The movie “The Princess Bride” provided dozens of classic quotes to suit nearly any occasion, as any true child of the late ’80s will attest. For instance:


“Have fun storming the castle.”

“Never get involved in a land war in Asia.”

And that classic, uttered by the farm boy Westley, “As you wish.”

Nearly three decades after the movie was made, Cary Elwes, the leading man who played Westley, has written a behind-the-scenes look at the making of the movie titled, naturally, “As You Wish” (Touchstone, $26). In his book, Elwes takes readers through the process of the filming of the movie, from his casting at age 23 by director Rob Reiner to the movie’s premiere in 1987.

Sprinkled throughout the book are the reminiscences of Elwes’ cast members Robin Wright, Billy Crystal, Wallace Shawn, Carol Kane, Christopher Guest, Fred Savage, Chris Sarandon and Mandy Patinkin, as well as Reiner, producer Andy Scheinman and the man who wrote the book and adapted the screenplay, William Goldman. Those cast members who have since died, most notably Andre the Giant, are fondly remembered by the surviving cast and crew.

Elwes is bringing his book tour to Madison on Friday, with a screening of the movie followed by a talk at Monona Terrace. When reached by phone at his home in Hollywood, Elwes mentioned that he’s been looking forward to coming to Wisconsin because “I’m a huge Aaron Rodgers fan.”

“I’m actually just a Green Bay fan, period. That last game was hard to watch,” he said. “I bit every single nail off my hand.” Elwes also said that he is committed to getting to a home game at Lambeau, since “I can’t be considered an official Cheesehead” until that happens. That news would be welcomed by the Packers quarterback, who’s been known to quote “The Princess Bride” lines in the locker room.

Q: Why do you think that “The Princess Bride” has remained so popular all these years later?

A: A lot of people have theories, but no one really knows for sure what the reason is. My theory is that the movie, first of all, is a sweet film about true love. It’s also very funny, and it’s a family movie, which is rare today.

Q: Would it ever be possible that somebody in Hollywood could try to reboot this movie?

A: No. If the history of Hollywood has taught us anything, it’s that people who attempt to remake a film that doesn’t need remaking — well, often the audiences are well aware of that. “True Grit” is probably the only exception to that rule. I think the Coen brothers really elevated that material.

Q: People are so close to the movie and hold it so dear; a reboot most likely wouldn’t be warmly received.

A: Yes, it’s hard to cast if you think about it. Not overall, but who would you cast for Andre? You would have to get into the whole CGI thing and then it’s a different movie altogether.

Q: How did you find the experience of writing a book, artistically?

A: I loved it. I loved working with Joe Layden, who’s a wonderful writer. I loved working with my co-stars all over again.

Q: Does writing work any of the same muscles as acting?

A: In acting, you’re basically lying. You’re drawing on all of your senses and your emotions in the moment, whereas writing is a very leisurely thing. You write when you feel creative. You have the option of putting the book down when it’s not working and picking it back up when it is. You sort of have that with acting in terms of getting more takes, but you only have a limited amount of time on screen to do that. With a book you have a much more open-ended deadline.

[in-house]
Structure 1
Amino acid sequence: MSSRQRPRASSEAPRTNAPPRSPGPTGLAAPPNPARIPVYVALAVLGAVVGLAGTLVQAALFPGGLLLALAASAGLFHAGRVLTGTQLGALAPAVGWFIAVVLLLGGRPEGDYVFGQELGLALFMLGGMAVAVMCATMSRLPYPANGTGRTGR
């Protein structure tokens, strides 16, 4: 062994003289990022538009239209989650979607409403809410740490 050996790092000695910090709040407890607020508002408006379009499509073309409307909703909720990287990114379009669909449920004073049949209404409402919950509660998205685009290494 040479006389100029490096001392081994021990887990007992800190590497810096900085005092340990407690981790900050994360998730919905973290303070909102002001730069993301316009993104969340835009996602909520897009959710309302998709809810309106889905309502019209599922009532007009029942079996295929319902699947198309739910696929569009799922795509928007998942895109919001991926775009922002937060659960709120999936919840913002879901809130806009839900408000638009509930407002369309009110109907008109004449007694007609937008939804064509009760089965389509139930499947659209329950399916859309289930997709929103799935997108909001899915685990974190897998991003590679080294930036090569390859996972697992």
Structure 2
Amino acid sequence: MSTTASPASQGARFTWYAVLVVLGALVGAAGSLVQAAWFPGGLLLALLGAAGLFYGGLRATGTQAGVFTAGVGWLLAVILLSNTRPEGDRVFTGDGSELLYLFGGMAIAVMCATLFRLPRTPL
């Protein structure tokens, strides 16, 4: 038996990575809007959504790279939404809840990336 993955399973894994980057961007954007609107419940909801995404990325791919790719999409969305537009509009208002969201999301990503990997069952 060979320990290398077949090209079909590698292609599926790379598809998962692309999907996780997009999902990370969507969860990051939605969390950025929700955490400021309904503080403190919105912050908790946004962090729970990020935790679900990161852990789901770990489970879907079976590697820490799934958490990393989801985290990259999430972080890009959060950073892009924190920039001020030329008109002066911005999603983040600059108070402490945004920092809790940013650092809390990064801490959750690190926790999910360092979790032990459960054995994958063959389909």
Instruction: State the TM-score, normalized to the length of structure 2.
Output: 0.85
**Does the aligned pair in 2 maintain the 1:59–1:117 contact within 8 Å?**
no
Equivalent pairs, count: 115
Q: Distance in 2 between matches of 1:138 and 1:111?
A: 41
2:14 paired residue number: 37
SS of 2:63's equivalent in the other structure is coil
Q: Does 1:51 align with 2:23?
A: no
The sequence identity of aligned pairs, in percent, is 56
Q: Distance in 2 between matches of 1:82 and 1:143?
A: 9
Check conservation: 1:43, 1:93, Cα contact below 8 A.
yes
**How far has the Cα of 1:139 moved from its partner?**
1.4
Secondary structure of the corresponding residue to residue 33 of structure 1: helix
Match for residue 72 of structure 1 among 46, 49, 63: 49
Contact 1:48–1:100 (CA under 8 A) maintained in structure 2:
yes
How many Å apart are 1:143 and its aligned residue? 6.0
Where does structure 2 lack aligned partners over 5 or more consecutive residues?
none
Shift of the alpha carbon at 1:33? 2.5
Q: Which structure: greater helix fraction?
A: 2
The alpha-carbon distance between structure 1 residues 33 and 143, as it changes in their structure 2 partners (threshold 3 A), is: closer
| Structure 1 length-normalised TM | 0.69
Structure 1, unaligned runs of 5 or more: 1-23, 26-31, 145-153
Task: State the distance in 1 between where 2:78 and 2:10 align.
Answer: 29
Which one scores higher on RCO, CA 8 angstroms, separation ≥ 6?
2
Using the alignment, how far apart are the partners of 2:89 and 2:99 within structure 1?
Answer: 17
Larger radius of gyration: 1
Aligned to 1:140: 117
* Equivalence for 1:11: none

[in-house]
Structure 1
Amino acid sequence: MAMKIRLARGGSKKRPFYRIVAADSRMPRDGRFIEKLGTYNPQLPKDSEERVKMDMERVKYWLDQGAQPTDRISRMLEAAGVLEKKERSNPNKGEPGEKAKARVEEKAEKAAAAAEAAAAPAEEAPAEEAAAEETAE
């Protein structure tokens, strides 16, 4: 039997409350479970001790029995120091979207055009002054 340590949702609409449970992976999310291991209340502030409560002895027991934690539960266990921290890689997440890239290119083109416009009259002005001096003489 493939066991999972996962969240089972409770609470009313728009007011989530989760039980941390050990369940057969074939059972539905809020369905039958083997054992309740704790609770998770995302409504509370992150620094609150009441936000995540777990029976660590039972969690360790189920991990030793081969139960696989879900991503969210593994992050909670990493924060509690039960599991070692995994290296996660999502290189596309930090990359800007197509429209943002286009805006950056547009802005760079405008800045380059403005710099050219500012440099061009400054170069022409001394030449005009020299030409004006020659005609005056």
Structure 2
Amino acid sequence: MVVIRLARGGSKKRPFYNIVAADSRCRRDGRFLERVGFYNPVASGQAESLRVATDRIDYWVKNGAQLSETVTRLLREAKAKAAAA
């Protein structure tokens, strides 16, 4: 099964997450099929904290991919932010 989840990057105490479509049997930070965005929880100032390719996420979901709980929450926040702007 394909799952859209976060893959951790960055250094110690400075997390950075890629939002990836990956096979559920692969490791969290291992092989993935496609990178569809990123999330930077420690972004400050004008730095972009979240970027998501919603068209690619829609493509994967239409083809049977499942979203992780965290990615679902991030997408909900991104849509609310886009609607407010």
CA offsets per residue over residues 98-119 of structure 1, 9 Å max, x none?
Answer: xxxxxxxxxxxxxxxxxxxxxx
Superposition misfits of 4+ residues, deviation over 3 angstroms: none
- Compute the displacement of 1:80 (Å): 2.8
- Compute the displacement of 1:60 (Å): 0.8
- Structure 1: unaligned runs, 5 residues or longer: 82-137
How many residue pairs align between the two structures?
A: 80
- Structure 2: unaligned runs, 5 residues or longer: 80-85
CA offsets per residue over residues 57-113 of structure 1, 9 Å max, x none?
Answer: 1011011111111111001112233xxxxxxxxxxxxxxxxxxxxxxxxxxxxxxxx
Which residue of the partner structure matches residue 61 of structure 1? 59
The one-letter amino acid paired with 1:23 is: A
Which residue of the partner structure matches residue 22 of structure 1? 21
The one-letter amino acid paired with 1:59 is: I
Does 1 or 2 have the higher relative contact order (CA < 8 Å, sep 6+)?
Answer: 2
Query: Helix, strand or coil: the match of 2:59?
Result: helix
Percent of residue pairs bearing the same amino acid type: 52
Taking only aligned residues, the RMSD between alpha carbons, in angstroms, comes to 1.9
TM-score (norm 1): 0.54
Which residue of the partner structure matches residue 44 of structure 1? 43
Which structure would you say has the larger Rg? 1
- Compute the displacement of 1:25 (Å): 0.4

Q: I enjoyed the parts about the sword fighting and the training that you and Mandy had to do. It sounded really intense.

A: It was very intense.

Q: You talked in the book about how much eye contact you had to make, how in tune you had to be with one another during the fight scene. Is there any other acting experience that requires that sort of focus?

A: Focus is the key to everything in life. When you’re acting it’s no different. You have to really be focused on your partner or partners, depending on how many people are in the scene. What we learned in choreographing sword fights is that you really can’t take your eye off your opponent for a second, because if you do, that’s when accidents happen.

Q: Was there a potential for real bodily harm?

A: Go and look at the film again. There are no tips on the swords. We could have poked each other pretty good. If I had missed a shot and he’d hit me with that thing, we would have been in the hospital for sure.

Q: In the book you write about the hours of takes you and Mandy did for that scene, and there were no injuries?

A: No. And those were no rubber swords. It was steel against steel.

Q: Your book tour includes screenings of the movie. Do you find that the screenings are like “Rocky Horror”?

A: It’s exactly like “Rocky Horror.” I think as far as quote-alongs go, “Rocky Horror” and “Princess Bride” are up there as having the most memorable quotes.

Q: Do you get tired of people quoting your lines back to you?

A: No, it think it’s really sweet. You’re lucky as an actor to have your work resonate with anyone.

Q: Do you have a favorite line?

A: Yes, I’m kind of partial to “Anybody want a peanut?” I don’t know why.

Q: Any final thoughts?

A: Hopefully this book will reignite interest in seeing the movie. I wrote this book as a love letter to the fans, and I think I can speak on behalf on everybody involved with the film when I say we all feel very blessed by the response that we’ve had. This book is a love letter from all of us to everybody who loves the film.